Development of an in vitro co-culture model to mimic the human intestine in healthy and diseased state

Angela Agnes Margarete Kämpfer, Patricia Urbán, Sabrina Gioria, Nilesh Kanase, Vicki Stone, Agnieszka Kinsner-Ovaskainen

Research output: Contribution to journalArticlepeer-review

111 Citations (Scopus)
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The intestine forms the largest interface between the environment and the human organism. Its integrity and functioning are crucial for the uptake of nutrients while preventing access of harmful antigens. Inflammatory conditions can significantly change the normal functioning of the intestine. In vitro models that adequately reproduce both healthy and inflamed intestinal tissue could provide a useful tool for studying the mechanisms of intestinal inflammation and investigating new therapeutic drugs.
We established a co-culture of Caco-2 and PMA-differentiated THP-1 cells that mimics the intestine in healthy and controlled inflamed states. In homoeostatic conditions without stimulation, Caco-2 and THP-1 cells were co-cultured for 48 h without affecting the barrier integrity and with no increase in the release of cytokines, nitric oxide or lactate dehydrogenase. To simulate the inflamed intestine, the Caco-2 barrier was primed with IFN-γ and THP-1 cells were pre-stimulated with LPS and IFN-γ. In these conditions a significant but temporary reduction in barrier integrity was measured, and large concentrations of pro-inflammatory cytokines and cytotoxicity markers detected.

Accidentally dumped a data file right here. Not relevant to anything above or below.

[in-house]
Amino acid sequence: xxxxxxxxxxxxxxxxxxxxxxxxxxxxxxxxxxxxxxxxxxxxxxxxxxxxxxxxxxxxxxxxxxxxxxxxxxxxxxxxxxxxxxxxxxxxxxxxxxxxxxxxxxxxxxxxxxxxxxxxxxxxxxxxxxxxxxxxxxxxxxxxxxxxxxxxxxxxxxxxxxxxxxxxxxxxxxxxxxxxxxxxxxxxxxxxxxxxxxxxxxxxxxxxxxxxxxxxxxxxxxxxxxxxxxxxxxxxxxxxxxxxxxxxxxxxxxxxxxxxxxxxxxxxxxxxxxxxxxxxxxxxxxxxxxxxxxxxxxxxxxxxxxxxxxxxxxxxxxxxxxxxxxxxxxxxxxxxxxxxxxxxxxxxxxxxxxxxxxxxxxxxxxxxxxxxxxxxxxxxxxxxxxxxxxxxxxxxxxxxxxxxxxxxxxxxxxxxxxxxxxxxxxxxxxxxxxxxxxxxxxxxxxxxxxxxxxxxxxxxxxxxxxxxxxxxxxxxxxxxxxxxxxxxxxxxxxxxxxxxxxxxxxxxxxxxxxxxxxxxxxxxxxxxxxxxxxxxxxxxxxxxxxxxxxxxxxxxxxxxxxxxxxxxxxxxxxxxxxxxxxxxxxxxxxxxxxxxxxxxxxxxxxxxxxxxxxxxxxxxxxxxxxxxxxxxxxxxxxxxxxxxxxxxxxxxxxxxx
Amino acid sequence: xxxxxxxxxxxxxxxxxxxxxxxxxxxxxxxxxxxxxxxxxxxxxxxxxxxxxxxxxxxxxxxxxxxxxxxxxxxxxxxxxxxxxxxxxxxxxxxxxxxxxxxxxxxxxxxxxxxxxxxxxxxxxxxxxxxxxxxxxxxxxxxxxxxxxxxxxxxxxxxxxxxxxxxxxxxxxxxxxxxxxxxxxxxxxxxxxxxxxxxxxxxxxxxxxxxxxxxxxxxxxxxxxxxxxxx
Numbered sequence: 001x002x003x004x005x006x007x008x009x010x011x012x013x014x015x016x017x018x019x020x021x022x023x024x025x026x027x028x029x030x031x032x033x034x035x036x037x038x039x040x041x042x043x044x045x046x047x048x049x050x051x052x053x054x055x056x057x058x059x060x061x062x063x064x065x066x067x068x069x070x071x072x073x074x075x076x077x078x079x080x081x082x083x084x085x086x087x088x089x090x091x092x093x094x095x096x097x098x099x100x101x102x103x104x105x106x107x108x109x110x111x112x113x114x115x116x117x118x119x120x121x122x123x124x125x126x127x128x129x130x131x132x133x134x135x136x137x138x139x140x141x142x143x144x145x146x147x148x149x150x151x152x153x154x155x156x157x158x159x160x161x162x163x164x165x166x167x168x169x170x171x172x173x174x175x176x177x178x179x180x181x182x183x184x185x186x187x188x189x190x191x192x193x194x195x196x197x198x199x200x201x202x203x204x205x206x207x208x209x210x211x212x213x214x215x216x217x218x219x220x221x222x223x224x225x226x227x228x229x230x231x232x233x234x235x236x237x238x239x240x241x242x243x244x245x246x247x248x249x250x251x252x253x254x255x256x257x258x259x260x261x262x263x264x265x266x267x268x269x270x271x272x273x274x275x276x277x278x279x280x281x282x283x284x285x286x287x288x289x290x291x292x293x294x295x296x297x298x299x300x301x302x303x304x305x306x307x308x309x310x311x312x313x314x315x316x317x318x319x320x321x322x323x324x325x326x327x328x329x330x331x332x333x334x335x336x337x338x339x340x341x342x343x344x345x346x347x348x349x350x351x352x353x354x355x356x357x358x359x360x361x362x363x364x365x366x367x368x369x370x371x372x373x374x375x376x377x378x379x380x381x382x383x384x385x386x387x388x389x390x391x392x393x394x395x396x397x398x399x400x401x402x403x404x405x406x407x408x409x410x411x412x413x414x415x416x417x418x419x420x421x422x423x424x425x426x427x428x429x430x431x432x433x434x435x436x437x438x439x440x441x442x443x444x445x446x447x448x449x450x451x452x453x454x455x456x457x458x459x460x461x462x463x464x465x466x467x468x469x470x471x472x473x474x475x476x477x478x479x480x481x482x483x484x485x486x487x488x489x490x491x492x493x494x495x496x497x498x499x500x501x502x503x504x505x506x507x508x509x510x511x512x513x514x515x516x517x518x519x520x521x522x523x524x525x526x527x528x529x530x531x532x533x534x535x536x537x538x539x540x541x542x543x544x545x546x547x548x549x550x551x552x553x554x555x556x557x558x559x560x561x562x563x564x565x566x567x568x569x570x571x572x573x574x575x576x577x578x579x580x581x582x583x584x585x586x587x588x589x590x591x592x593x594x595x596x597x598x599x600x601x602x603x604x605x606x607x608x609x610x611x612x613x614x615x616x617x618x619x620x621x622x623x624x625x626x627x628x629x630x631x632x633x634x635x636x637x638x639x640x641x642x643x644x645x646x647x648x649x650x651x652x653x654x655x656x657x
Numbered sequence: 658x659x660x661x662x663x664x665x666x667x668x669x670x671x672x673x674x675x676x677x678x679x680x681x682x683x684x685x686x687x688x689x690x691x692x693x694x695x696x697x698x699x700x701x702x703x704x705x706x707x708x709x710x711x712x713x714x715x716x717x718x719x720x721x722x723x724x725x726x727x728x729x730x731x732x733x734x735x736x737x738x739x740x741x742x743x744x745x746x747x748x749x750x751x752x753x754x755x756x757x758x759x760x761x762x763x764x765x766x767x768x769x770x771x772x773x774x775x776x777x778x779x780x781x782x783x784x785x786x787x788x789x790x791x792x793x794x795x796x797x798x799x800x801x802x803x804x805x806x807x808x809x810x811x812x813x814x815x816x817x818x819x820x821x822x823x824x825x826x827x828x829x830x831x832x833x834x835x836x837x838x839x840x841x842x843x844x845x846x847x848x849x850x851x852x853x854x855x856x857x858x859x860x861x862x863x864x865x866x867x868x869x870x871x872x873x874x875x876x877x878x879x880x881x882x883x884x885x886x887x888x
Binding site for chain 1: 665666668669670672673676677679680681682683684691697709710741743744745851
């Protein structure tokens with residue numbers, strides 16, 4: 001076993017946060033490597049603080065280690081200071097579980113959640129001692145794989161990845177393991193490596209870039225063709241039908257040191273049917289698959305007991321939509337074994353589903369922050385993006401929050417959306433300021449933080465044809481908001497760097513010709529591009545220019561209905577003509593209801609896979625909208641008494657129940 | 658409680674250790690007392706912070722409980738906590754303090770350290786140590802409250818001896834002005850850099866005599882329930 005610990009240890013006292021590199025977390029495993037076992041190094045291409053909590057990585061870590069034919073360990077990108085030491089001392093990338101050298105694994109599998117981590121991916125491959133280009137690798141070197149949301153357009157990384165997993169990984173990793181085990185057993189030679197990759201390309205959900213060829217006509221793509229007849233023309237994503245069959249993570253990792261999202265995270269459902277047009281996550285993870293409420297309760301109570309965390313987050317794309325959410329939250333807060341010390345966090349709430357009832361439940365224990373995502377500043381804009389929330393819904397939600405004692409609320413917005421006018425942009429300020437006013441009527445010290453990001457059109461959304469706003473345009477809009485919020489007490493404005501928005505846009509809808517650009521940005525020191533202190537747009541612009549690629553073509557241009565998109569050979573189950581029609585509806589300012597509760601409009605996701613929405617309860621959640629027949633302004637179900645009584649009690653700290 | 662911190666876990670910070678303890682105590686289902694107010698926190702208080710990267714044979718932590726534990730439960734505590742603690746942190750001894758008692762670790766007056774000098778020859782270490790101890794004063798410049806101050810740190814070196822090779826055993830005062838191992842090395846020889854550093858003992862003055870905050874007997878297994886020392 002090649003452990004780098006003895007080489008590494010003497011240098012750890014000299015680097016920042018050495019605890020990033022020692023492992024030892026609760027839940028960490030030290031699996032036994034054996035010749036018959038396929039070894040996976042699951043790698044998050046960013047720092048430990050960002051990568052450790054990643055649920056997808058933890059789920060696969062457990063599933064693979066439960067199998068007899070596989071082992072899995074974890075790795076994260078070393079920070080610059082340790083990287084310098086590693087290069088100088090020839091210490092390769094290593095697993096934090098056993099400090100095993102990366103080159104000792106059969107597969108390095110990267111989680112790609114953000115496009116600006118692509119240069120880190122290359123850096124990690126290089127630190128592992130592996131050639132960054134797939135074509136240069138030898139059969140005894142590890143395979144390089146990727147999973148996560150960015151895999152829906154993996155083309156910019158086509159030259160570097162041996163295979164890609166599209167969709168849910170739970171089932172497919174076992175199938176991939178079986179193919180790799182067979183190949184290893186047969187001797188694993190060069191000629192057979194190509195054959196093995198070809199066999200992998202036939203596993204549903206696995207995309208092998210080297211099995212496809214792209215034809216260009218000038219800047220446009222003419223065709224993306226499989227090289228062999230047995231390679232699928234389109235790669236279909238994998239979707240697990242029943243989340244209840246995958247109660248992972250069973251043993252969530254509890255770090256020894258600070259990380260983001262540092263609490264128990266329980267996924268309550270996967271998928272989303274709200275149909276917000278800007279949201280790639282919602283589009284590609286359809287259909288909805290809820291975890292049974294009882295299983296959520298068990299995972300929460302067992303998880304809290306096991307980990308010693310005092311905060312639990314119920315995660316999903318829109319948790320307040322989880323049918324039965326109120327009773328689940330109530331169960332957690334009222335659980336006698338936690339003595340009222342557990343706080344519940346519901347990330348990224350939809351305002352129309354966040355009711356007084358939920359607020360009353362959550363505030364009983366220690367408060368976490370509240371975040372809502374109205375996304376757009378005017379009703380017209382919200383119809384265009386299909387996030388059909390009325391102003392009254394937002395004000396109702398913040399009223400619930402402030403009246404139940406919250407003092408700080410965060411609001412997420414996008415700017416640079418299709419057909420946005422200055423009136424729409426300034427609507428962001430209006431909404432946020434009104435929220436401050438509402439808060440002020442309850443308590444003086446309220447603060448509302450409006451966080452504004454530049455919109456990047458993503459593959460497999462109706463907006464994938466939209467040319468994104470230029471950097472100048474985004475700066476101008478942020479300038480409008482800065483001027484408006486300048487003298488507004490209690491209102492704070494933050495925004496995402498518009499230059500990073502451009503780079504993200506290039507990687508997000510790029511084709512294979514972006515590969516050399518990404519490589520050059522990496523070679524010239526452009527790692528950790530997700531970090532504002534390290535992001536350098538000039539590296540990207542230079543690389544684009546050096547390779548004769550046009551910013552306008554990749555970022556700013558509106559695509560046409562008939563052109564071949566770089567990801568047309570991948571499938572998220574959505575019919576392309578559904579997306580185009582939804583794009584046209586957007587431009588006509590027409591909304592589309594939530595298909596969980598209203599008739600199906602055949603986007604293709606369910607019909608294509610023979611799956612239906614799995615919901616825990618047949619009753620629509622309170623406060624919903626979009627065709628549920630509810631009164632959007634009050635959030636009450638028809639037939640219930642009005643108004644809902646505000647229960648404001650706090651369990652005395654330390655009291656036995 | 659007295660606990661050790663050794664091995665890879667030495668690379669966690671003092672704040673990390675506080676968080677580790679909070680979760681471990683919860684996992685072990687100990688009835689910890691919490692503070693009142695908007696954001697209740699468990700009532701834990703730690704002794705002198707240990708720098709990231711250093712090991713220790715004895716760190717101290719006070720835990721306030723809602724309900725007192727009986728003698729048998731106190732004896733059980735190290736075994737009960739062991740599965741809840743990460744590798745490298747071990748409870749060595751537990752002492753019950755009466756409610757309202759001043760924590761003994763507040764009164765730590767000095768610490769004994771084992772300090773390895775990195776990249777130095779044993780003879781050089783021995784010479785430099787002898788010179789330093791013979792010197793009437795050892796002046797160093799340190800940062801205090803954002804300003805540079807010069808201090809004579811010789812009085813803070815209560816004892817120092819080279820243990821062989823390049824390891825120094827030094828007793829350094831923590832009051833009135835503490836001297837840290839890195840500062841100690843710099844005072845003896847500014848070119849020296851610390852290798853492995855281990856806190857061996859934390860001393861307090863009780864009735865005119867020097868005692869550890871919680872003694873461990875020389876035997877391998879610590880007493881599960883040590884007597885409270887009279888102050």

With its ability to feature numerous hallmarks of intestinal inflammation the presented co-culture model of epithelial cells and macrophages offers a unique possibility to study exposure effects in relation to the health status of the intestine.
Original languageEnglish
Pages (from-to)31-43
Number of pages13
JournalToxicology in Vitro
Issue numberPart 1
Early online date12 Aug 2017
Publication statusPublished - Dec 2017


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